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The excavation in this campaign was concentrated in Locus 09 (Atrium of the Church of Saint Paul). An area delimited to the east by the presser (Sector 06), to the south by the rooms set externally to the church of the Peacocks and to the north by the atrium and the service rooms of the Church of Saint Paul (Sectors 01, 02, 03 and 04). The excavation turned out to be more complex than expected. A deep and vast edifice came immediately to light, in some way related to the presser, probably used as a semi-underground warehouse.

The 13 by 8 meters edifice is divided into two separate but intercommunicating areas. It was reached through a flight of steps that started from the west corridor of the presser (sector 06) and led to the first lower floor. The staircase was divided into two flights of steps by a landing, on which there opened two small slit windows that gave light to the north room. The entrance to the south room was set at the level of the second step of the lower flight. Beyond the door, five irregular steps set on a wall led down to the underlying rooms. These are made up of a series of five long narrow areas lying in a north-south direction divided by four series each having two arches. A series of five small arches, in an east west direction, developed from the space between the arches. The ceiling, made of stone slabs, rested upon these arches. At the time of the excavations, the only ceiling slabs in place were those set at the end of the entrance stairs. The rest of the slabs were brought back to light within the collapsed debris together with a certain number of doorjambs, a positive witness to the existence of a higher floor, and a segment of a masonry wall found in the north west corner discovered during the 1999 campaign (cf. excavation report).

The floor of this room was made up of stone slabs set one against each other and which was also the ceiling to a further underlying area. As a result of the investigations that were possible to carry out in the area, this underlying area must have been very similar, structurally, to the upper level. The floor / ceiling slabs were discovered broken up and caved in, as a result of the fall, up to the floor level of the lower storey. We found only two slabs that even though broken were still in situ. It was only possible to partially bring to light two arches of the lower level. The space between the arches was completely jammed by the stones from the collapse and ash and earth from the abandonment. The floor of the lower level turned out to be the natural bedrock that had been flattened. This floor turned out to be at a level of —7.466 meters to the Umm al-Rasas GPS point. It was not possible to establish the access point to this lower lever due to the grave problems relating to the stability of the structures.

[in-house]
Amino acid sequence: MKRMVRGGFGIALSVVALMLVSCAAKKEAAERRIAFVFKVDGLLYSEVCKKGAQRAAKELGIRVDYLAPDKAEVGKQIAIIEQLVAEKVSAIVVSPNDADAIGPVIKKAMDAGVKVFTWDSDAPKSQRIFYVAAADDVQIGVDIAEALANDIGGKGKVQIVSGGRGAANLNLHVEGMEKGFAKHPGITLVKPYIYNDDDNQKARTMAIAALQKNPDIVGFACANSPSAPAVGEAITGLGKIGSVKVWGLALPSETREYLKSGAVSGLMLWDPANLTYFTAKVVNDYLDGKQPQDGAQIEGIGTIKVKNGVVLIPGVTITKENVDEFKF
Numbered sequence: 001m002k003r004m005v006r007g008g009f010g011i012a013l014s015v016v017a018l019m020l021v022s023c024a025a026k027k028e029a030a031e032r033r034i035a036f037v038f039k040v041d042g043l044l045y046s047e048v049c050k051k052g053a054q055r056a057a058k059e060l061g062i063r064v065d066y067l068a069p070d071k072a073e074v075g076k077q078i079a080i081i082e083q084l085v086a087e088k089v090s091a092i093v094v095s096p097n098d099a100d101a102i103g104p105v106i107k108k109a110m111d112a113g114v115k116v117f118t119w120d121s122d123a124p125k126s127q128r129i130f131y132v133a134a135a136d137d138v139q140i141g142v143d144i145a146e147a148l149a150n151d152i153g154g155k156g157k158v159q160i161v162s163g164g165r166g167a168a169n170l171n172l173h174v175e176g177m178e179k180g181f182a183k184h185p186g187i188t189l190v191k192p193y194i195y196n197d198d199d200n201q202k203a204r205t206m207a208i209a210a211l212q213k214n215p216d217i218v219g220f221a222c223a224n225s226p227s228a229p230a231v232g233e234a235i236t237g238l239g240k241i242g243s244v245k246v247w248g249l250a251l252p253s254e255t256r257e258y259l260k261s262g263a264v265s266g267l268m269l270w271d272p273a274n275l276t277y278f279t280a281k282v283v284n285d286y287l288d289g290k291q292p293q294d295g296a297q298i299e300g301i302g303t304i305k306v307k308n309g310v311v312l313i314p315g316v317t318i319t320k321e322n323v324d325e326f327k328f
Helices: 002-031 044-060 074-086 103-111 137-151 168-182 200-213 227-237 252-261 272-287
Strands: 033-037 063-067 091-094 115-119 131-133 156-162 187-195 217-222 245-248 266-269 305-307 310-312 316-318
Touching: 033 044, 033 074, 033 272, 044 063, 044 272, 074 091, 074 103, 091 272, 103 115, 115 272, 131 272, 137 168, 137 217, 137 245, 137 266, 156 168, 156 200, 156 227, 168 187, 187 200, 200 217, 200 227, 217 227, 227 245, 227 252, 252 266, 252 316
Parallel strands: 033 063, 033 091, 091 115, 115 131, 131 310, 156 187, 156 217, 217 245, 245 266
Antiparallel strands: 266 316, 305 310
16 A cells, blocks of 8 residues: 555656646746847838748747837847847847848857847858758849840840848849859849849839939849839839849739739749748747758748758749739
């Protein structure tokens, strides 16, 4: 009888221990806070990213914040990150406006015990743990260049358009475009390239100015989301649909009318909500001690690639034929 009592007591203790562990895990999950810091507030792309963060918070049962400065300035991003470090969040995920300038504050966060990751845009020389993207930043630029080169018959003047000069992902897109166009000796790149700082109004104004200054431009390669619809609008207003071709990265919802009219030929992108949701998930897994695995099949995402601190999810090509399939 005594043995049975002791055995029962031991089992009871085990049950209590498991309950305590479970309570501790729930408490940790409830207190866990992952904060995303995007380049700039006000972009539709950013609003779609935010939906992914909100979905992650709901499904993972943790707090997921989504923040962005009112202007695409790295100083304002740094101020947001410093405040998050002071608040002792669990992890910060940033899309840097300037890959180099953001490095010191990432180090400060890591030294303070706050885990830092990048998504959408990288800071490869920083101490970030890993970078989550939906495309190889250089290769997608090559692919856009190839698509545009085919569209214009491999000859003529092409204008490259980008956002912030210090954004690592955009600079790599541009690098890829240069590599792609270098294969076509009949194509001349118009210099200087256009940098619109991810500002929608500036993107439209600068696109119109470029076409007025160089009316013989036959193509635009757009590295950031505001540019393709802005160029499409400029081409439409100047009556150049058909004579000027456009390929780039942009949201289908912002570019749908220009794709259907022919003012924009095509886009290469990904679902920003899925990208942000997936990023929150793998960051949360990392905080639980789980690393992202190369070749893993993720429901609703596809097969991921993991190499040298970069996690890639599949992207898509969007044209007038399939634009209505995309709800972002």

An aperture, set between the spans of the last two arches to the west, led from the south to the north room. The sectors in this area turn out to be very much different from the ones in the south room, both in structure and stratigraphy. The room turns out to be made up of a single level covered with stone slabs held upon three arches having an approximate span of 5m and having a beaten earth floor. All the three arches are fallen. Four slit windows opened on the west wall that also had a square niche. Below the windows there ran a raised wall filled with stones and yellow earth. Two further slit windows were set in the east wall overlooking the stair landing. Beneath the windows there was a recess in the wall delimited by a low wall. The two central sectors, partially excavated up to the beaten earth floor level are characterized by the presence of a segment of a pilaster and a north south wall which crest is at the same level as the floor. The portion of pilaster rests against the south wall of the area and is what remains of a pilaster that probably rose upon the resulting base set between two arches to support an upper structure of which no traces remain.


The stratigraphy of the North room was different; all of the area turned out to be filled up by a large stratum of compact yellow earth, mixed with elements from the collapse. Large fragments of white plaster and mortar were found as well as abundant patches of ashes. The stratum of yellow earth and elements from the fall extended to the beaten earth floor, brought to light only at the south corners of the room. The beaten earth floor in the two corners shows diverse characteristics; darker and less compact to the west, lighter in colour and much more compact and carefully prepared and laid in the east. The collapse of the closing east wall on top of that of the arch was found still in its original fall position in the vicinity of the northeastern corner.

The excavation of this vast deep edifice, totally unexpected in this zone of the Saint Paul and Peacocks complex, sheds new light on the life in the city of Umm al-Rasas, thanks to the fact that, for the first time, we have had the opportunity to excavate a multi-storied edifice. The building is practically deprived of any indications that could help us understand its function. Notwithstanding this, its structure as well as the explicit relationship it finds itself in with the wine presser in the vicinity, one can deduce that the building was used as a warehouse and not as a dwelling place. Thus the complex acquires a different configuration; in the area between the two churches there had been built a large and well-organized industrial complex for the production of wine, complete with presser and warehouse.

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Created / Updated Sunday, August 11, 2002 at 17:11:23 by John Abela ofm
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